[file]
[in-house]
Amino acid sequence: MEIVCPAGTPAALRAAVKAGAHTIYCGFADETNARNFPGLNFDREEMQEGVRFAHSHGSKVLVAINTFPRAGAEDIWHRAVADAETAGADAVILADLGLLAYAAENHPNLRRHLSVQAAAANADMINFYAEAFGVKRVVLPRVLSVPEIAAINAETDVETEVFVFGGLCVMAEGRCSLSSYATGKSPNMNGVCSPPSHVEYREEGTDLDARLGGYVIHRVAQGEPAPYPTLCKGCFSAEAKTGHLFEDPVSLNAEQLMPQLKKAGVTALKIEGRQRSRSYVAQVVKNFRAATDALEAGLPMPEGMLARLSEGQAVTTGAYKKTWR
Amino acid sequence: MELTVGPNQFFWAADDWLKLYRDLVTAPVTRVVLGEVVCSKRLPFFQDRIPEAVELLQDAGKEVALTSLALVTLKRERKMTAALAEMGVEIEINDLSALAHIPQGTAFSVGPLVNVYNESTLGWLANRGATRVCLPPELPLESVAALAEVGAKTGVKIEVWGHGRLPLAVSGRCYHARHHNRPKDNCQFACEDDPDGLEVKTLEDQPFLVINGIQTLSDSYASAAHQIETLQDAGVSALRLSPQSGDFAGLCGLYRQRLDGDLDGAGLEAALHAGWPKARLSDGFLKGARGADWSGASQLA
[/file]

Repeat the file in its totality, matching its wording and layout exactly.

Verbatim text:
[in-house]
Amino acid sequence: MEIVCPAGTPAALRAAVKAGAHTIYCGFADETNARNFPGLNFDREEMQEGVRFAHSHGSKVLVAINTFPRAGAEDIWHRAVADAETAGADAVILADLGLLAYAAENHPNLRRHLSVQAAAANADMINFYAEAFGVKRVVLPRVLSVPEIAAINAETDVETEVFVFGGLCVMAEGRCSLSSYATGKSPNMNGVCSPPSHVEYREEGTDLDARLGGYVIHRVAQGEPAPYPTLCKGCFSAEAKTGHLFEDPVSLNAEQLMPQLKKAGVTALKIEGRQRSRSYVAQVVKNFRAATDALEAGLPMPEGMLARLSEGQAVTTGAYKKTWR
Amino acid sequence: MELTVGPNQFFWAADDWLKLYRDLVTAPVTRVVLGEVVCSKRLPFFQDRIPEAVELLQDAGKEVALTSLALVTLKRERKMTAALAEMGVEIEINDLSALAHIPQGTAFSVGPLVNVYNESTLGWLANRGATRVCLPPELPLESVAALAEVGAKTGVKIEVWGHGRLPLAVSGRCYHARHHNRPKDNCQFACEDDPDGLEVKTLEDQPFLVINGIQTLSDSYASAAHQIETLQDAGVSALRLSPQSGDFAGLCGLYRQRLDGDLDGAGLEAALHAGWPKARLSDGFLKGARGADWSGASQLA